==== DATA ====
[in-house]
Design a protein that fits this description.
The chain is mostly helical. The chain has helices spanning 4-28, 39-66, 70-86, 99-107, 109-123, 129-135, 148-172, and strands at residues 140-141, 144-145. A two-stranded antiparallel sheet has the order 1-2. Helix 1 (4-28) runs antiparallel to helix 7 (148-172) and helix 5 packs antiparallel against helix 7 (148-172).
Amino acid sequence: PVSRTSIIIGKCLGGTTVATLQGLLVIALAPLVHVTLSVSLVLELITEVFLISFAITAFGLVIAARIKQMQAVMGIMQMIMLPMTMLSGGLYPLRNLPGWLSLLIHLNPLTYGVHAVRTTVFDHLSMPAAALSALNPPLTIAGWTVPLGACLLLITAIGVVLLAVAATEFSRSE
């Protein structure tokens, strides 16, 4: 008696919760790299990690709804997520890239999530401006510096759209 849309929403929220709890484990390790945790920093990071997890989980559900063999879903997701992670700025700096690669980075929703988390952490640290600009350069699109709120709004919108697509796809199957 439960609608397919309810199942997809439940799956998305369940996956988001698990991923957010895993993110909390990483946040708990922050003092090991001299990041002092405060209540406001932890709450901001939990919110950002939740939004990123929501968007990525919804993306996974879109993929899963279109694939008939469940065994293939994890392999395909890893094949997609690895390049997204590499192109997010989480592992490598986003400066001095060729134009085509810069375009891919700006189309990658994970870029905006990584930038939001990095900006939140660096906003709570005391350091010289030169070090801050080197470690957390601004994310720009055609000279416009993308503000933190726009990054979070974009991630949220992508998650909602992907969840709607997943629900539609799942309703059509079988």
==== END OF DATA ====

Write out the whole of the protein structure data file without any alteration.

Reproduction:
[in-house]
Design a protein that fits this description.
The chain is mostly helical. The chain has helices spanning 4-28, 39-66, 70-86, 99-107, 109-123, 129-135, 148-172, and strands at residues 140-141, 144-145. A two-stranded antiparallel sheet has the order 1-2. Helix 1 (4-28) runs antiparallel to helix 7 (148-172) and helix 5 packs antiparallel against helix 7 (148-172).
Amino acid sequence: PVSRTSIIIGKCLGGTTVATLQGLLVIALAPLVHVTLSVSLVLELITEVFLISFAITAFGLVIAARIKQMQAVMGIMQMIMLPMTMLSGGLYPLRNLPGWLSLLIHLNPLTYGVHAVRTTVFDHLSMPAAALSALNPPLTIAGWTVPLGACLLLITAIGVVLLAVAATEFSRSE
């Protein structure tokens, strides 16, 4: 008696919760790299990690709804997520890239999530401006510096759209 849309929403929220709890484990390790945790920093990071997890989980559900063999879903997701992670700025700096690669980075929703988390952490640290600009350069699109709120709004919108697509796809199957 439960609608397919309810199942997809439940799956998305369940996956988001698990991923957010895993993110909390990483946040708990922050003092090991001299990041002092405060209540406001932890709450901001939990919110950002939740939004990123929501968007990525919804993306996974879109993929899963279109694939008939469940065994293939994890392999395909890893094949997609690895390049997204590499192109997010989480592992490598986003400066001095060729134009085509810069375009891919700006189309990658994970870029905006990584930038939001990095900006939140660096906003709570005391350091010289030169070090801050080197470690957390601004994310720009055609000279416009993308503000933190726009990054979070974009991630949220992508998650909602992907969840709607997943629900539609799942309703059509079988």